What is thyroid cancer?

The thyroid is a small gland in the front of your neck just below your voicebox (larynx). Each year, about 3,400 people in the UK are diagnosed with thyroid cancer. It is more common in women than men. Like most types of cancer, thyroid cancer is more common in people as they get older.

The thyroid gland is close to the parathyroid glands. They have similar names, but they do different things. Thyroid cancer and parathyroid cancer are treated in different ways.

Types of thyroid cancer

There are different types of thyroid cancer. Your cancer doctor or specialist nurse can tell you more about the type you have.

The information on this page is about papillary and follicular thyroid cancer. These two are the most common types of thyroid cancer.

We have more information on types of thyroid cancer including medullary and anaplastic thyroid cancer, and thyroid lymphoma.

Signs and symptom of thyroid cancer

In most people, thyroid cancer develops very slowly. The most common symptom of thyroid cancer is a painless lump in the neck that gradually gets bigger.

If you have any symptoms or notice anything that is unusual for you see your GP straight away.

Causes of thyroid cancer

In most people we do not know what causes thyroid cancer. But there are a number of things that may increase your risk of developing it. These are called risk factors. Having a certain risk factor doesn’t mean you will definitely get thyroid cancer. Sometimes people without any risk factors will develop cancer.

Diagnosing thyroid cancer

You will usually start by seeing your GP. If they are unsure what the problem is, or think your symptoms could be caused by cancer, they will refer you to a hospital to see a specialist.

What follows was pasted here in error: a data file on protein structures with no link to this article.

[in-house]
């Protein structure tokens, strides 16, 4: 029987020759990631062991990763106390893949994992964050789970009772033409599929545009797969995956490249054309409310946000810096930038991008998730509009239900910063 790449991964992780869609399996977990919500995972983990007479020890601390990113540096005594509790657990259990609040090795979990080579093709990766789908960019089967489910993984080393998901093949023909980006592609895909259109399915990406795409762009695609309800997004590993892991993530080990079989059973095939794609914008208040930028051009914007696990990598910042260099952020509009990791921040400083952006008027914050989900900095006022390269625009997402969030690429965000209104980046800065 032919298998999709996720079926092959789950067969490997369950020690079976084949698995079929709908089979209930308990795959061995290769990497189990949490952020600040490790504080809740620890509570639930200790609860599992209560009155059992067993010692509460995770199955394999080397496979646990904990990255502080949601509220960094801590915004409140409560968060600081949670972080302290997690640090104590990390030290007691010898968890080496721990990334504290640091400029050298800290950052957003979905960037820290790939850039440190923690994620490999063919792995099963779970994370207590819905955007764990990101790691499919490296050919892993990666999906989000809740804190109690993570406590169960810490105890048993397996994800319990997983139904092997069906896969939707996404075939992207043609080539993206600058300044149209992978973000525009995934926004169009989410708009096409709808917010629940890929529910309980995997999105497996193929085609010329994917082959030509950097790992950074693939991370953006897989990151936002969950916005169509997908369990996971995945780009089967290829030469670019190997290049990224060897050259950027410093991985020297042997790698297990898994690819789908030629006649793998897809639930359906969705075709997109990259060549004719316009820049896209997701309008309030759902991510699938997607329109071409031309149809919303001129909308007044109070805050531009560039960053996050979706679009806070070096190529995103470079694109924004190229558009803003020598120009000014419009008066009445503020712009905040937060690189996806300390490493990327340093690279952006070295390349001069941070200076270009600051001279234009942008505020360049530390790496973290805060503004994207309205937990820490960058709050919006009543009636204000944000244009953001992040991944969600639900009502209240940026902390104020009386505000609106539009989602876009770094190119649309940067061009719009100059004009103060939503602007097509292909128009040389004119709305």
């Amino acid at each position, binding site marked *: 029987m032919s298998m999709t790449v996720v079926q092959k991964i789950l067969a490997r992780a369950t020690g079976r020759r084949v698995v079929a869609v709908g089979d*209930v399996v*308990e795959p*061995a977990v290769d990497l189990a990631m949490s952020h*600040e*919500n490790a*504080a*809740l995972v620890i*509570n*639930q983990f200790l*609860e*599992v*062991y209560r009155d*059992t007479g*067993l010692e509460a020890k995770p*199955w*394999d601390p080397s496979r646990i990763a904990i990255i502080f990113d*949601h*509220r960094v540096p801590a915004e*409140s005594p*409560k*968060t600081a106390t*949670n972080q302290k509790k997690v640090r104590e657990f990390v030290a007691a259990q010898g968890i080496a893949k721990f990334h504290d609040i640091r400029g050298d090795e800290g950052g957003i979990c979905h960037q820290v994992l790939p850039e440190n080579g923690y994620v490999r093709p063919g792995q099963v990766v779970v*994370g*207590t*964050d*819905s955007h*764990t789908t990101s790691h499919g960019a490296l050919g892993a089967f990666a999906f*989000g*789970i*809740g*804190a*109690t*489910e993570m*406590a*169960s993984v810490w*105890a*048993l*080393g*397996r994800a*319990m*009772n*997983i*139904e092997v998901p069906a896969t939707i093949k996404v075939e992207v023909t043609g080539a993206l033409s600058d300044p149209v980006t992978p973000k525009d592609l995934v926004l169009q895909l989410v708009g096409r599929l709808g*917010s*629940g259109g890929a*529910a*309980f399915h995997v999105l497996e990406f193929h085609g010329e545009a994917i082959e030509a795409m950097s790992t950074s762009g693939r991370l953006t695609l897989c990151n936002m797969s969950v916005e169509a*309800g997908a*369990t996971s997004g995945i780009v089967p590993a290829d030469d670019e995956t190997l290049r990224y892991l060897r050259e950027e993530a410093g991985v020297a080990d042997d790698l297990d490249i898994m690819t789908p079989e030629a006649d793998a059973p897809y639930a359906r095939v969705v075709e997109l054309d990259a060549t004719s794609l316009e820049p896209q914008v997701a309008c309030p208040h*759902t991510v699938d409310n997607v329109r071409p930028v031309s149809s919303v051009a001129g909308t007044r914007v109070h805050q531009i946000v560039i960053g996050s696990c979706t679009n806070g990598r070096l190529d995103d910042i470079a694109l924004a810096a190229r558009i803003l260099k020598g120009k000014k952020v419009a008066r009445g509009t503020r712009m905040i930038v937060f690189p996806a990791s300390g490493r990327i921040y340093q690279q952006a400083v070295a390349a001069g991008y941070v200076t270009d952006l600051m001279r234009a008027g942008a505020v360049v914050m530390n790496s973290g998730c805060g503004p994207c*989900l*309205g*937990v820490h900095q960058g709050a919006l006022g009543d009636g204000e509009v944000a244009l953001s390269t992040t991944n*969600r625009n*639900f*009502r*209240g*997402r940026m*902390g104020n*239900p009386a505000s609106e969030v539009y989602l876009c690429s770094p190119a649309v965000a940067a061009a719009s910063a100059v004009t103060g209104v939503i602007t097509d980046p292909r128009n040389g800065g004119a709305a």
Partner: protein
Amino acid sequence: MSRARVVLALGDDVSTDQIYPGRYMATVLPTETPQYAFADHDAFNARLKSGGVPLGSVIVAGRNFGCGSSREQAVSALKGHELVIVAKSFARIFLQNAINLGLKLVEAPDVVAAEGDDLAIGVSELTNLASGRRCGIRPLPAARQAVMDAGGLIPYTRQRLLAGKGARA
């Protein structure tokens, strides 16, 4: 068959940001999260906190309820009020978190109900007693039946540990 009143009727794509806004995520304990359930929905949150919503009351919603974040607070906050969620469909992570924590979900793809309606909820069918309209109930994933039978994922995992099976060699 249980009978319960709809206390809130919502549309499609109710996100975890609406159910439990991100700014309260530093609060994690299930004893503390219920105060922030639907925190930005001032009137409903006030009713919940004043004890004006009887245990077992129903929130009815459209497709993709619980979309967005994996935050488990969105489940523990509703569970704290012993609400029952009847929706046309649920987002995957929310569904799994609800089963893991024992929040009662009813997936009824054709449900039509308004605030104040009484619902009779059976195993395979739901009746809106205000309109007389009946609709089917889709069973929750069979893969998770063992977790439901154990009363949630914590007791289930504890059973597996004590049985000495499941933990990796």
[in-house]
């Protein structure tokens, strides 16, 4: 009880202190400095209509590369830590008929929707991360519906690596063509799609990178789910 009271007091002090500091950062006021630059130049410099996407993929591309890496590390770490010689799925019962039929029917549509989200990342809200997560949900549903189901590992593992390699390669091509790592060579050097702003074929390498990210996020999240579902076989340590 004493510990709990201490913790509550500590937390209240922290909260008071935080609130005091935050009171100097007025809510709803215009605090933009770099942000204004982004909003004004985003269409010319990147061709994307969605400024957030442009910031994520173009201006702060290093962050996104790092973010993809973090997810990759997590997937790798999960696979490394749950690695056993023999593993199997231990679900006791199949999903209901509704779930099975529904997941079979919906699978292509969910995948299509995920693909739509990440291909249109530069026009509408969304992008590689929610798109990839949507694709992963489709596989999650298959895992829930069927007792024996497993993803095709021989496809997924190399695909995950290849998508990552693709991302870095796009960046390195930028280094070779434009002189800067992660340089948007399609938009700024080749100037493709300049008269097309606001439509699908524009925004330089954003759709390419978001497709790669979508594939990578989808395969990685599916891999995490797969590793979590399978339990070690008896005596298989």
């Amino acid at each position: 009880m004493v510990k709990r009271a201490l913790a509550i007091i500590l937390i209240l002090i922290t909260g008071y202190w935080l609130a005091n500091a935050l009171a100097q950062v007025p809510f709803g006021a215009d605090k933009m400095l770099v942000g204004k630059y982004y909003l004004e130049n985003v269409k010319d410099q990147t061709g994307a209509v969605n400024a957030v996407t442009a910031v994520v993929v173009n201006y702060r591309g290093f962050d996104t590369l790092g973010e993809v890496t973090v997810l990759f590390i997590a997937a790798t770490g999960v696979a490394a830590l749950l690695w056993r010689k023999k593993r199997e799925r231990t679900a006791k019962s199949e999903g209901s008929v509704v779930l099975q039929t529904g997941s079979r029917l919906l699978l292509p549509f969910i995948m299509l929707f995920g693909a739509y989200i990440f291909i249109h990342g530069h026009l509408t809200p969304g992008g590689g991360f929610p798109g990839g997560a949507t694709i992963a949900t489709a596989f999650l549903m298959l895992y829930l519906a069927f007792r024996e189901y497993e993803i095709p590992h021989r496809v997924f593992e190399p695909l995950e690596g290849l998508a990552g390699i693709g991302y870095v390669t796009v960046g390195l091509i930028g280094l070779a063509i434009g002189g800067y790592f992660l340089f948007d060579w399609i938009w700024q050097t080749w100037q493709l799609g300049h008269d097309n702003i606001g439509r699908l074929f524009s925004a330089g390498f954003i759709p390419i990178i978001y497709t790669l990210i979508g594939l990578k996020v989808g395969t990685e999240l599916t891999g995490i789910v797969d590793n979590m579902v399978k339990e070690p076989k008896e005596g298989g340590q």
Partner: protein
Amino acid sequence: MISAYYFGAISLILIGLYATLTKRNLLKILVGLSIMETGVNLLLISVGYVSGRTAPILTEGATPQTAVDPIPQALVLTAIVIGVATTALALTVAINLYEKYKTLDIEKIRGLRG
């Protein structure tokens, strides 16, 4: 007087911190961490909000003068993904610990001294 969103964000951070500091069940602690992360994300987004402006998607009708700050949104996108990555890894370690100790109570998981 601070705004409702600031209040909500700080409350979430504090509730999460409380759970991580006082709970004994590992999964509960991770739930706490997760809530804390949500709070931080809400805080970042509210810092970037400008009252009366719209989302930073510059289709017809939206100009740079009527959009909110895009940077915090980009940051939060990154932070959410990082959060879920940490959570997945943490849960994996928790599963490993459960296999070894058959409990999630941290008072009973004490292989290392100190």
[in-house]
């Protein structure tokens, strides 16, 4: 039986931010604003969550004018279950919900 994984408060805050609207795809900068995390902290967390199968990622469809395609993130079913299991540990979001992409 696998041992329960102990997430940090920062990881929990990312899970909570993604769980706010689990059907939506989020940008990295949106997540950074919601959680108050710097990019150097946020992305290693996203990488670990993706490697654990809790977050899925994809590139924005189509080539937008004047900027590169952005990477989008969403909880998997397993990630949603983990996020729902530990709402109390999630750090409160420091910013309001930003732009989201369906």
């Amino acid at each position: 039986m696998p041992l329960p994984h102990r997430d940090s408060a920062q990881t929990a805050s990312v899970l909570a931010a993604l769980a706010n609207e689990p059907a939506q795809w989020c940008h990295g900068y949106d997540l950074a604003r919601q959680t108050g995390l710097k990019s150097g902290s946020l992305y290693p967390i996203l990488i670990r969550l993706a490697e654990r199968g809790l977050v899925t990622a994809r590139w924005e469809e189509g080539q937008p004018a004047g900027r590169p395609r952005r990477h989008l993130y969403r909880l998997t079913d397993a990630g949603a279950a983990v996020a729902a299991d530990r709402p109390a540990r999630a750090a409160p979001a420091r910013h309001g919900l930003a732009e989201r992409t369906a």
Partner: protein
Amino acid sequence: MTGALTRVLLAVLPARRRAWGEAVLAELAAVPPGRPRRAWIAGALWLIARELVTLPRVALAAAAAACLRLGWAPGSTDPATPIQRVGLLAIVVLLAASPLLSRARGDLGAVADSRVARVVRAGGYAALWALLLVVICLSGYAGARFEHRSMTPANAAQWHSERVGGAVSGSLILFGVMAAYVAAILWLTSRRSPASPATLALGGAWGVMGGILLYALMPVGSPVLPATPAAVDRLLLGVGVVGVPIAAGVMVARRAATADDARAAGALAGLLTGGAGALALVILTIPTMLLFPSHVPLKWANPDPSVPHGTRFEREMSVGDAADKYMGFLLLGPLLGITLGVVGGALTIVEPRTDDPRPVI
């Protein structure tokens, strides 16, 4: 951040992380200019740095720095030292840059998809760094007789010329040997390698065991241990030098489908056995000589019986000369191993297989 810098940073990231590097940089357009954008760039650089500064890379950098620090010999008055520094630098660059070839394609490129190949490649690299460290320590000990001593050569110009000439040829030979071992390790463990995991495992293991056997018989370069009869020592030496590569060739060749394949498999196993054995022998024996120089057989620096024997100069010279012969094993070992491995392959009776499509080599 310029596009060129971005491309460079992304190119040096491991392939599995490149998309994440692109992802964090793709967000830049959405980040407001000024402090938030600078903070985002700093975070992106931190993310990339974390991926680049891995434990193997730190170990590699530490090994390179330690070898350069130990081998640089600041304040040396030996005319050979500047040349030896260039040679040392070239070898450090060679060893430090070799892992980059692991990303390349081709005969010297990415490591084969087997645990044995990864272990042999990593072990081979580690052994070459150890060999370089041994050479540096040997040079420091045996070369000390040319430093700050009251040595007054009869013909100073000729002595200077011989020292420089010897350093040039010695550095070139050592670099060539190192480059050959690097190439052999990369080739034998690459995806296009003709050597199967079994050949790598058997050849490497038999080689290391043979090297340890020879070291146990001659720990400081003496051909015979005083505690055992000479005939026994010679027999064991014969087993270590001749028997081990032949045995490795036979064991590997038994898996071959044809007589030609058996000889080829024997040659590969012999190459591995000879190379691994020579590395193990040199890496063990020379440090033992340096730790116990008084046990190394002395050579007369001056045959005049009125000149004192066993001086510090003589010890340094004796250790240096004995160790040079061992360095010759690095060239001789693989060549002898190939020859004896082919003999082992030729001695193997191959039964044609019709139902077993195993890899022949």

At the hospital you may have some tests including:

  • Blood tests

    Blood tests are used to check your thyroid function and general health

  • Ultrasound of your neck

    An ultrasound helps the doctor to see the thyroid gland and the lymph nodes

  • A biopsy

    Different types of biopsy are used. You may have a fine needle aspiration (FNA) or a core biopsy.

If you need to have surgery to remove all or part of your thyroid gland, your doctor may suggest you have the surgery straight away rather than having a core biopsy.

Further tests

If the tests show that you have thyroid cancer your specialist may want to do some further tests. These may include:

  • MRI

    An MRI scan uses magnetism to build up a detailed picture of areas of your body.

  • CT scan

    A CT scan takes a series of x-rays, which build up a three-dimensional picture of the inside of the body. You may be given a drink or injection of a dye, which allows particular areas to be seen more clearly. If you are given this, it may affect treatment with radioactive iodine. Your doctor or specialist nurse will be able to discuss this with you.

  • PET-CT